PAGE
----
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Site C moves forward despite nearly doubling original budget

(Files by Dione Wearmouth-MyPGNow)

Premier John Horgan has announced the final decision regarding the future of BC Hydro’s Site C project.

And the decision is, the project will move forward despite facing some unforeseen additional costs.

In 2014, the clean energy site was approved with an $8.775 billion budget but it was announced today (Friday) that the project is expected to cost $16 billion.

Additionally, there is a one-year delay and is now scheduled to be completed in 2025.

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The cost increase of nearly double the initial budget is being attributed to the pandemic and unforeseeable geotechnical challenges, project costs and schedule pressure.

“͞The project is facing new challenges, and we are committed to managing it in the best interests of British Columbians,” explained Horgan,” cancelling it would cause people͛s electricity rates to skyrocket.”

The project, near Fort St.John, is about 50% complete and according to the province, cancelling it would also burden residents with unnecessary additional financial stress.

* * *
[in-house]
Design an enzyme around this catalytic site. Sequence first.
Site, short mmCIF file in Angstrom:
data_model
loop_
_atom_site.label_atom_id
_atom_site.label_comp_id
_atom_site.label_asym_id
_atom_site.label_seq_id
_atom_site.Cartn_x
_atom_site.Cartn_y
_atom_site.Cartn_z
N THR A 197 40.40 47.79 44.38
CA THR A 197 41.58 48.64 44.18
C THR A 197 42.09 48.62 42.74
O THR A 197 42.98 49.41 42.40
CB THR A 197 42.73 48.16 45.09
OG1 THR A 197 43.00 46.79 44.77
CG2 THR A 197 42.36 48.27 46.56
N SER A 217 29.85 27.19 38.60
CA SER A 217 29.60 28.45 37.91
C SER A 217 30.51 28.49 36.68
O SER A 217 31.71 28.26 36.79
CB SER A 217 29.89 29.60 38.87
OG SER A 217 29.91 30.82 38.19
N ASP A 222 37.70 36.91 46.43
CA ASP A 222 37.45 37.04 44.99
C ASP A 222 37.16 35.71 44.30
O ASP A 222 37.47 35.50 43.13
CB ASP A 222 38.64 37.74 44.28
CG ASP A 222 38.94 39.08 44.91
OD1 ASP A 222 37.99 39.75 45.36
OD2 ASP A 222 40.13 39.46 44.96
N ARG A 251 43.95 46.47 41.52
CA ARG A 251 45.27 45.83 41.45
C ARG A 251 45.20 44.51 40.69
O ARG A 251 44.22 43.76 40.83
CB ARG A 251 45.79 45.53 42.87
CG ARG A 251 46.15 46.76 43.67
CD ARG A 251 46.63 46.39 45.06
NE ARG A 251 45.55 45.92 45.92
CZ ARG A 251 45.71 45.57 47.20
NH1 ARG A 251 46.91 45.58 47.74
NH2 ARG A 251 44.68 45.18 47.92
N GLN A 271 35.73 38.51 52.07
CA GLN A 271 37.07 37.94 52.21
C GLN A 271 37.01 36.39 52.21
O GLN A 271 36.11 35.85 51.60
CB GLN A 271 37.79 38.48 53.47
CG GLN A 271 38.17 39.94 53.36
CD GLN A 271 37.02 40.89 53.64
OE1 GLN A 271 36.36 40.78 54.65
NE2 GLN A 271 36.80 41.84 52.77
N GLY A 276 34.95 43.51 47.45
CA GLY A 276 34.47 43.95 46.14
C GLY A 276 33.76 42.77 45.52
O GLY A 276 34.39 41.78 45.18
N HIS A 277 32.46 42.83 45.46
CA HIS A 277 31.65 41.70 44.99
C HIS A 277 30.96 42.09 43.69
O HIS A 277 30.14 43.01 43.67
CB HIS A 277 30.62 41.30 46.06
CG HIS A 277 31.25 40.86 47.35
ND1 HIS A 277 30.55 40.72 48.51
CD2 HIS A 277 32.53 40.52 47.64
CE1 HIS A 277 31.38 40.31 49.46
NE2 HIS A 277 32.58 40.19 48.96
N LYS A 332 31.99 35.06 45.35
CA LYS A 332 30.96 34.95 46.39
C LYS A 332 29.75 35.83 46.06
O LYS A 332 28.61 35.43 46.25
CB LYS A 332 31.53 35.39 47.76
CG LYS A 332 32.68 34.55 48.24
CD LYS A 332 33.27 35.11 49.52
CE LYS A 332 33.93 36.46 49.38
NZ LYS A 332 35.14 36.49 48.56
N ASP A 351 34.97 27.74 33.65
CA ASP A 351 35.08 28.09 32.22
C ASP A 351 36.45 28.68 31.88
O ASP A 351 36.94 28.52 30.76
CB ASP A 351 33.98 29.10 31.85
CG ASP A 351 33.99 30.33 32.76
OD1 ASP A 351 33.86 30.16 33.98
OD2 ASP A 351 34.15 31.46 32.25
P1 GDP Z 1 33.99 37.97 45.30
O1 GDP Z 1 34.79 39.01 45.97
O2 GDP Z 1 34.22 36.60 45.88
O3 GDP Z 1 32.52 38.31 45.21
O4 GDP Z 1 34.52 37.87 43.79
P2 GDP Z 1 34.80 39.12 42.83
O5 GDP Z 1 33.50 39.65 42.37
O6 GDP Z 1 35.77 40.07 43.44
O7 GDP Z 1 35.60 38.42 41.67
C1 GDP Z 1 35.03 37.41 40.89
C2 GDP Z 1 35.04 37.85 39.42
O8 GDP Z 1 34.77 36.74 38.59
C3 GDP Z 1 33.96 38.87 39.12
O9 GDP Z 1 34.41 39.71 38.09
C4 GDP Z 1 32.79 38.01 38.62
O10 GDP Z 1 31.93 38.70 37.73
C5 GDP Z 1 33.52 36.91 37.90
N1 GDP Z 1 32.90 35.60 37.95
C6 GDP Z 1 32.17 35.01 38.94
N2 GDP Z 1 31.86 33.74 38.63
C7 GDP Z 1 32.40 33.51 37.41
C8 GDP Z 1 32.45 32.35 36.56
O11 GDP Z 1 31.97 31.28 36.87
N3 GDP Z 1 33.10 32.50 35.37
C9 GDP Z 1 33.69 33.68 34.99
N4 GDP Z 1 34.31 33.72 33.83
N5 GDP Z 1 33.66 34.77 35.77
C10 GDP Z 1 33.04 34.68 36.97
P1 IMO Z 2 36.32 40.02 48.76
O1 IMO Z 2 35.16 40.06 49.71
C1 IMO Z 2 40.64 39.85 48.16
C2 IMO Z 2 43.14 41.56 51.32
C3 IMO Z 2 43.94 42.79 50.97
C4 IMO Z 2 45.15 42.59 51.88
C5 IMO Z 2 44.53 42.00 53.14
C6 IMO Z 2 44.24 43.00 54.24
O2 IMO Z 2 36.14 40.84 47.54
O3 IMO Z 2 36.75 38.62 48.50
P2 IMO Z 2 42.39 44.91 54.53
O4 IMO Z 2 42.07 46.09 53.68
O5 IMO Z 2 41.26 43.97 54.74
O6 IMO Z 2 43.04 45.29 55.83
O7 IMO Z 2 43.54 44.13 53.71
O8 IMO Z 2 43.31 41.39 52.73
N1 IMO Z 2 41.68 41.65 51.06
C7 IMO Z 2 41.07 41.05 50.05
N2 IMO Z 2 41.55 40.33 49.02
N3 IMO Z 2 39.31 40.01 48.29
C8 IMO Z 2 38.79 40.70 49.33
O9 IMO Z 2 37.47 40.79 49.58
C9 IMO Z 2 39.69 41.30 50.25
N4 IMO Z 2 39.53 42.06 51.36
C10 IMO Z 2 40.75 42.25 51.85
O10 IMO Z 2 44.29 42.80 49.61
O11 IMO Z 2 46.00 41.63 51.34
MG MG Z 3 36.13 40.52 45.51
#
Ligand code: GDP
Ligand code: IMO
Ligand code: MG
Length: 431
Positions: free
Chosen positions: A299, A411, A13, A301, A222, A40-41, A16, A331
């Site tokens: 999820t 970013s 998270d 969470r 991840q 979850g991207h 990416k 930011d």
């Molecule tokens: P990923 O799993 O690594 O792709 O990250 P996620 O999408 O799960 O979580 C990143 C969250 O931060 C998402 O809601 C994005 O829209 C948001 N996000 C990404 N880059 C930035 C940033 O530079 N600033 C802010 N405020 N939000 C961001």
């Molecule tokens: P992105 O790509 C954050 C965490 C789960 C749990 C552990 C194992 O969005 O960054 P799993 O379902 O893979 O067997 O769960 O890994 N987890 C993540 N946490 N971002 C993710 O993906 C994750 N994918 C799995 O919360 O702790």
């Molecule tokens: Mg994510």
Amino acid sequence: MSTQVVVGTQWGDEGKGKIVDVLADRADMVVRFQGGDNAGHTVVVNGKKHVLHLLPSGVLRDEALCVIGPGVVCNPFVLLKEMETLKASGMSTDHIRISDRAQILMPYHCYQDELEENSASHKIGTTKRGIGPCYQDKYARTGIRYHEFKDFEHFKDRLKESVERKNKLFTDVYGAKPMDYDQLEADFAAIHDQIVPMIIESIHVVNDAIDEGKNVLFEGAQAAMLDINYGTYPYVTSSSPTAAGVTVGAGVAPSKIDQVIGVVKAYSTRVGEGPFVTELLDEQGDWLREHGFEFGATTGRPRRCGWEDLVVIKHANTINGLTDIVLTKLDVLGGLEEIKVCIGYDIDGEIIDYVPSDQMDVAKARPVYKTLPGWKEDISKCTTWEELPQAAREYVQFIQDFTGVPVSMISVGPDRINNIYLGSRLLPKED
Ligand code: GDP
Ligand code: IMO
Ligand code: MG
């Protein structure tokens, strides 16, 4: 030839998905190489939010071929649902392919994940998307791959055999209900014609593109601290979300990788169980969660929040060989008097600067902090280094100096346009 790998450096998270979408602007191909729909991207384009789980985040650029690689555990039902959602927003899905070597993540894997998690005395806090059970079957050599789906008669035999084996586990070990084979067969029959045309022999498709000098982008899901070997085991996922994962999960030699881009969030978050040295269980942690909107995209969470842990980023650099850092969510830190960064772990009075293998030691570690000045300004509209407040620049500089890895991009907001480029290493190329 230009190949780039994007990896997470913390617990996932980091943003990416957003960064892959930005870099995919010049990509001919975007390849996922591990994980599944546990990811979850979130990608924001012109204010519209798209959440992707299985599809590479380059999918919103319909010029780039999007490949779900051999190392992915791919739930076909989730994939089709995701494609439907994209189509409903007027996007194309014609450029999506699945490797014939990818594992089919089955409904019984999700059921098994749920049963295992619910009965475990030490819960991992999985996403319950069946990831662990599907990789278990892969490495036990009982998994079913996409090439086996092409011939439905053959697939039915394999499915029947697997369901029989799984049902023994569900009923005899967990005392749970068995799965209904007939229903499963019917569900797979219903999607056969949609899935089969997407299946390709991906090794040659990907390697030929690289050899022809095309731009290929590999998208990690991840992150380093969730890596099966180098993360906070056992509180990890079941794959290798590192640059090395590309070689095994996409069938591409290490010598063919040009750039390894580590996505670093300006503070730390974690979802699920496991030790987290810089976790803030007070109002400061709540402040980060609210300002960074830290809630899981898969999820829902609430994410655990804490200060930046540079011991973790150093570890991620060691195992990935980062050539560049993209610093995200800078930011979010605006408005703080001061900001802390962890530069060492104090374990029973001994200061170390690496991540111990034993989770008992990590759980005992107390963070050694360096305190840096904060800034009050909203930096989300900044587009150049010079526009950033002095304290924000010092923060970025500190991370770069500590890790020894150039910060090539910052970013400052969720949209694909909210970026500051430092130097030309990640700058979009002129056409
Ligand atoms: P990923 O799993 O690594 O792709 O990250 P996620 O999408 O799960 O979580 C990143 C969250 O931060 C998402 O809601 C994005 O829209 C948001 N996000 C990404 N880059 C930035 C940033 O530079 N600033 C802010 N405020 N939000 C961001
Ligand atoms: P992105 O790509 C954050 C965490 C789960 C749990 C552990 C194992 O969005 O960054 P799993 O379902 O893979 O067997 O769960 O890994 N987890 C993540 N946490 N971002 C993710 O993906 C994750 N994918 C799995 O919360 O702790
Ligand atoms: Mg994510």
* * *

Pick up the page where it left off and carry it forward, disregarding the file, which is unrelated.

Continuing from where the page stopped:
Cancelling the project would cost at least $10 billion, which doesn’t include the costs of replacing the lost energy and capacity Site C would have provided.

If ratepayers were to pay off this debt over 10 years, an immediate increase of 26%, or about an extra $216 per year for the average residential customer, would be in place for the next decade.

Debt associated with the termination of employees and remediation would fall on taxpayers as well, which according to the government, would impact the province’s ability to regain economic stability in the coming years.

In light of the pandemic-related challenges, BC Hydro has accepted a number of recommendations for the project under the “Milburn Review”.

The 17 recommendations made by Peter Milburn, who was retained to provide oversite on Site C, are aimed at improving oversight and governance.

The geotechnical review was also released, which confirmed the foundation enhancements developed to address geotechnical issues on the project͛s right bank will work.

Site C will not impact BC Hydro rates until it comes into service, with costs being paid repaid over the next 70+ years.

Continuing with Site C at the current cost estimate means cumulative bill increases will be about $36 a year higher for the average residential customer.

According to the province, this is about 3% higher by 2030 than under BC Hydro͛s prior rates forecast, and still less than inflation over this period.

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